Deborah A. Vollmer, Chevy Chase
On March 16, the House of Representatives voted some $68 billion to continue military operations in Iraq and Afghanistan, as part of a supplemental emergency appropriation bill.
The day after this vote occurred, the vote was mentioned, but only briefly, within an article in the Washington Post, which carried the headline ‘‘Congress Raises Ceiling for Borrowing.” With no mention in the headline of the article of the Iraq war in particular, it was easy for a reader to miss the impact of this vote on funding for the war in Iraq altogether.
As a Maryland voter, I was curious to know how my own representative in Congress, Rep. Chris Van Hollen (D-Dist. 8), voted on the $68 billion military appropriation to continue military operations in Iraq. Many of Van Hollen’s constituents believe that only when members of Congress develop the courage to vote ‘‘no” to any further funds for military operations, can this illegal and immoral war on Iraq be brought to an end.
I did subsequently learn that Rep. Van Hollen voted for the appropriation to continue funding for the Iraq war. But I learned this from a source on the Internet, with no help from the Washington Post! Nor do I recall seeing this story in The Gazette, for that matter, but I find special fault with the Post, since the Post is the heavyweight, when it comes to national and international news coverage in the Washington metropolitan area.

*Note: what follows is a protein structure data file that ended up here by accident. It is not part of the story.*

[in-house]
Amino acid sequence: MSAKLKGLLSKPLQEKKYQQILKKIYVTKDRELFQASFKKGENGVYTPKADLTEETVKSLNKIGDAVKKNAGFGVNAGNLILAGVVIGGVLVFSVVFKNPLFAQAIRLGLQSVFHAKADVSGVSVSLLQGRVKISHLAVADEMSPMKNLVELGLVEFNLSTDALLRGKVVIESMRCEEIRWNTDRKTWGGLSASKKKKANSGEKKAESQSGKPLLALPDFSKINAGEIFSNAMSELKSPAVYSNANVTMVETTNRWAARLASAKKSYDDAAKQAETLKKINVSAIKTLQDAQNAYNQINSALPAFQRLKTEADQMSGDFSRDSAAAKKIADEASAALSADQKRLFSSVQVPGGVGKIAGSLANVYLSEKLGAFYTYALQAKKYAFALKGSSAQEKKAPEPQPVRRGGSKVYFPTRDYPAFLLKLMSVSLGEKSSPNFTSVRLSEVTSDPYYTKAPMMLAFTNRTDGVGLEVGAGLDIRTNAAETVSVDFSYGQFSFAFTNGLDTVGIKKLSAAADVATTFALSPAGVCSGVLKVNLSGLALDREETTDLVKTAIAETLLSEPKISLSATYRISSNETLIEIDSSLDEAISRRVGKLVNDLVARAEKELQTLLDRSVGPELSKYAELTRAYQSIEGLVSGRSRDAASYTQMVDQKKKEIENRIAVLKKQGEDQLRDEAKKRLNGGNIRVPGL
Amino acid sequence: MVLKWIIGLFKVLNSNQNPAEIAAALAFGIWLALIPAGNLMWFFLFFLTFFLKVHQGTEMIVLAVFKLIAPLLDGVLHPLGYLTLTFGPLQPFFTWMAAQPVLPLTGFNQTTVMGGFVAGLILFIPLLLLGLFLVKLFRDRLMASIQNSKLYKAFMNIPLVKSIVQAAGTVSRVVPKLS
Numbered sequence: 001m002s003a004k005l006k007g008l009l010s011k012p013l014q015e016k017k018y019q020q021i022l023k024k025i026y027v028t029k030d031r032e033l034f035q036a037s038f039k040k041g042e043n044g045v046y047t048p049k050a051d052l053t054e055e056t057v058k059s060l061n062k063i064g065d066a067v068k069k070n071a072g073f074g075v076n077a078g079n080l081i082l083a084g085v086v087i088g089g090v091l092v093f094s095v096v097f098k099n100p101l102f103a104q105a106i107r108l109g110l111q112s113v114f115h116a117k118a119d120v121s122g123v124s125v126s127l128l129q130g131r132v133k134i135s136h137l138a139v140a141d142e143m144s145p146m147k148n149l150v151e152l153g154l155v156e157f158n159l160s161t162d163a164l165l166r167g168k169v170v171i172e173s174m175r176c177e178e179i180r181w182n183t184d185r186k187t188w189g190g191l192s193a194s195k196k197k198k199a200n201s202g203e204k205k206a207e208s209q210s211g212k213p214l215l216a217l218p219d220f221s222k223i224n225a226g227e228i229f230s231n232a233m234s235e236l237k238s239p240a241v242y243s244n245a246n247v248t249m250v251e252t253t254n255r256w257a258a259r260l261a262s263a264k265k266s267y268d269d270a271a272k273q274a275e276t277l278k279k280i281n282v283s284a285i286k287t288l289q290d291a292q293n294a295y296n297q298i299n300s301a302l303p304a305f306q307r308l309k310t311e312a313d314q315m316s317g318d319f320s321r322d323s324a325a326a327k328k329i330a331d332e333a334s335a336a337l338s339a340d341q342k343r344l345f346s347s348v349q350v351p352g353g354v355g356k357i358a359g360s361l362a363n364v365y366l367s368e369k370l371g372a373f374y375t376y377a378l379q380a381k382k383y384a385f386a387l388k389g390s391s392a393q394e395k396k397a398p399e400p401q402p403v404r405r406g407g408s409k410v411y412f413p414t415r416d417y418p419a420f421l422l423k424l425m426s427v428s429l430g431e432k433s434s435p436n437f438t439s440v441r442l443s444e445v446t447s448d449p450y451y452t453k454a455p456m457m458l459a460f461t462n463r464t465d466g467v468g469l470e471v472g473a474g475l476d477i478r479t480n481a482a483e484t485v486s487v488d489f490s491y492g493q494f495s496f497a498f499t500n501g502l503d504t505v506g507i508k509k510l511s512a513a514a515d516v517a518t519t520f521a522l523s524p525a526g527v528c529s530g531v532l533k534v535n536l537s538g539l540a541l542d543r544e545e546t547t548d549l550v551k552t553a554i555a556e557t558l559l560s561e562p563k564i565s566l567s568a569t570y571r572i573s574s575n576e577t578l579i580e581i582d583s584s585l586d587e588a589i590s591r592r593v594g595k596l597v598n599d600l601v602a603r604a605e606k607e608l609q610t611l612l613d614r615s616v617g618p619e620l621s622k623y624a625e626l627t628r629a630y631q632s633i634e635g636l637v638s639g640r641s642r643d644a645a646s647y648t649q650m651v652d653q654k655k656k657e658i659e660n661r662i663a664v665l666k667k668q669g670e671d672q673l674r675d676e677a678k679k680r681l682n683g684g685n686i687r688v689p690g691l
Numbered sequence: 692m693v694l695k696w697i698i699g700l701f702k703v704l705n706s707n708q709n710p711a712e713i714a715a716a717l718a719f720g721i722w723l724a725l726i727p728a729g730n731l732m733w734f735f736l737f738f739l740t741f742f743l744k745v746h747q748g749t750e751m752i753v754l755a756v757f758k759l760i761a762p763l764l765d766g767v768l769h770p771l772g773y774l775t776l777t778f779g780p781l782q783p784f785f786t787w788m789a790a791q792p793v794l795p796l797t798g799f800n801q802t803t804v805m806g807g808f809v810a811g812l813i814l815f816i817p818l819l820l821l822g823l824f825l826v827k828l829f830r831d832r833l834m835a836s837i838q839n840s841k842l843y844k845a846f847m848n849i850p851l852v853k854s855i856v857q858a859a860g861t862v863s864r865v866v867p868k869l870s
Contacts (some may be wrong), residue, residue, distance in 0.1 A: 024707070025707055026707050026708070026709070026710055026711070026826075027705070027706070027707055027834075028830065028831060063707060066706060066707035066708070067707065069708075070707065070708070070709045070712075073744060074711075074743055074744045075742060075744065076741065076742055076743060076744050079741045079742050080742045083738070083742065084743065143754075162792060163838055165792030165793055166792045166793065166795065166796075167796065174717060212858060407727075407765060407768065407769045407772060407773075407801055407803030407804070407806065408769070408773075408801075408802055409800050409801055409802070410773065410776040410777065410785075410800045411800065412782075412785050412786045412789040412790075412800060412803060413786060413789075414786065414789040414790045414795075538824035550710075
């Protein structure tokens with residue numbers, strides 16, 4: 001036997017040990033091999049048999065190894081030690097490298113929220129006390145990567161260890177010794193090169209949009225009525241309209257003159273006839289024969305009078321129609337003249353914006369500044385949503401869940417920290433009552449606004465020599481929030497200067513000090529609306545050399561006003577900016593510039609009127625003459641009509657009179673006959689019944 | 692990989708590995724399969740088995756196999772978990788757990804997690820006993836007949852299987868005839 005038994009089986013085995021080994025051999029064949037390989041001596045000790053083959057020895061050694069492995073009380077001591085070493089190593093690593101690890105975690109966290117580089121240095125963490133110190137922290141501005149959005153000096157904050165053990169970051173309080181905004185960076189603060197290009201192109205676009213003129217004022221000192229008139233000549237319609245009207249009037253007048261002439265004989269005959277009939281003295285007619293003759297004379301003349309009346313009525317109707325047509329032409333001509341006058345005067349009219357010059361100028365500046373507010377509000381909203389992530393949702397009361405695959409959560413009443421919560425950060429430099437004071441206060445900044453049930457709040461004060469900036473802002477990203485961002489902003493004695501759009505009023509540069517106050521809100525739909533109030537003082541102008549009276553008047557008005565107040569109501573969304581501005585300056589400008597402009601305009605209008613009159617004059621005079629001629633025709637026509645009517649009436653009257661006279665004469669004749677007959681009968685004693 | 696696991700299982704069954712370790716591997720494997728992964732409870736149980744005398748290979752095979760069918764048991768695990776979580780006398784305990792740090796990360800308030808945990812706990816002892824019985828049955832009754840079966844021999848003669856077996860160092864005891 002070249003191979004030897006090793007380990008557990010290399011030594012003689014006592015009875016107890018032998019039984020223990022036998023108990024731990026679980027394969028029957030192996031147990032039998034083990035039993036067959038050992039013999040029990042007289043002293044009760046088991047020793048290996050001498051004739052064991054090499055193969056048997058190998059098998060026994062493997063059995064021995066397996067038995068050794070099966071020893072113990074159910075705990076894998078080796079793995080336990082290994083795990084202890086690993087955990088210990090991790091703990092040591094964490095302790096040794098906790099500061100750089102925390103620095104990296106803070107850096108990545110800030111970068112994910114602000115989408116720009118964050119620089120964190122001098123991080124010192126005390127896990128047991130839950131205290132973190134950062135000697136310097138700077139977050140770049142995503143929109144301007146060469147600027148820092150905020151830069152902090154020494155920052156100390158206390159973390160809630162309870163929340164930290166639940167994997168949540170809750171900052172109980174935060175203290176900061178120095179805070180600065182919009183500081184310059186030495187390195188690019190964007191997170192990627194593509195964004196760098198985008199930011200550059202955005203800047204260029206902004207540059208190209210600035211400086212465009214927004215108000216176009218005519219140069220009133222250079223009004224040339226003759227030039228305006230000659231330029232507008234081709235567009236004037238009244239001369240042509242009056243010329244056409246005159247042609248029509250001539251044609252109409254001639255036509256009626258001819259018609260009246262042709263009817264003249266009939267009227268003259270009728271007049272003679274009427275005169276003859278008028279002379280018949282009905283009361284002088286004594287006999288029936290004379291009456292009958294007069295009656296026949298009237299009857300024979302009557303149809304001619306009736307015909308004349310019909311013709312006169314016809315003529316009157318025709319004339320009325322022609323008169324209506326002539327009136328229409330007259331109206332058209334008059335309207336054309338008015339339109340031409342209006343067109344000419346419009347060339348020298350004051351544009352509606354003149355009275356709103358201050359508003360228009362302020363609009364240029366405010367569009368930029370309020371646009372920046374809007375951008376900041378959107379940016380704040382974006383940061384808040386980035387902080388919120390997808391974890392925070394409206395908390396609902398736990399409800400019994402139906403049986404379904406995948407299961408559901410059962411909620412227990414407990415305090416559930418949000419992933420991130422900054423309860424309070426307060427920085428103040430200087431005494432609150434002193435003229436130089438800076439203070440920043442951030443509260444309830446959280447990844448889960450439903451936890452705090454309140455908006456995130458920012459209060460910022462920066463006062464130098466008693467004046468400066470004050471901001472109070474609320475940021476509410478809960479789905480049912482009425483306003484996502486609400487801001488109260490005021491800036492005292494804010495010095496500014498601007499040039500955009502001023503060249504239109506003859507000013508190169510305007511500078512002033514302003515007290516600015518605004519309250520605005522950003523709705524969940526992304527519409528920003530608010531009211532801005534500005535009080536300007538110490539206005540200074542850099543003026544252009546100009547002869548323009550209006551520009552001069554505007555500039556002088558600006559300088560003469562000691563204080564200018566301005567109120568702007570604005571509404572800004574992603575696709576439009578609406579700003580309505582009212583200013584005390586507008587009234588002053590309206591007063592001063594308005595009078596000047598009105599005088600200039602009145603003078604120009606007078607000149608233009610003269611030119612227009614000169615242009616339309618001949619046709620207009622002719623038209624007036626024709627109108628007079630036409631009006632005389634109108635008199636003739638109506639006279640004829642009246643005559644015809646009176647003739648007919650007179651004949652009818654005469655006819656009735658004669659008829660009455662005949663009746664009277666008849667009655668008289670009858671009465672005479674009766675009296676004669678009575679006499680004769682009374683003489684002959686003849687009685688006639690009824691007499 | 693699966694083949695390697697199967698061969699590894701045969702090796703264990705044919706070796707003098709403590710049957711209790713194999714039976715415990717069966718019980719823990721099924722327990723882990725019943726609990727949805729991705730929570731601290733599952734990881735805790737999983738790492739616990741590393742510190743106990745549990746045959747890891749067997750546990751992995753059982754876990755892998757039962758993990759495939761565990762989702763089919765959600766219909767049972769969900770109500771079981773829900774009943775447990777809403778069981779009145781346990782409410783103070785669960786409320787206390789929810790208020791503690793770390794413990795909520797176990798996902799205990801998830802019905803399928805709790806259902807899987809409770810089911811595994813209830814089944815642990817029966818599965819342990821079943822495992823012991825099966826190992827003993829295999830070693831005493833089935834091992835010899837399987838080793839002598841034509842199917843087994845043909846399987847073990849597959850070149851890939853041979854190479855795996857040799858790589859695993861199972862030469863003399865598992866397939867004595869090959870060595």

There is an election coming up in November. The voters are entitled to know how their representatives in Congress voted on the emergency supplemental military appropriations bill to spend billions more on the war in Iraq. Some voters might decide that it is time for new leadership — but they cannot decide intelligently, if they do not have the facts. By not reporting this news, the Post, in particular, is falling short of the expectations of its readership. The Post should cover in depth all proceedings in Congress, which have an impact on the conduct of this illegal and immoral war. So, for that matter, should The Gazette, and the rest of the print and electronic media as well. The public has the right to be informed as to the voting records of their elected representatives.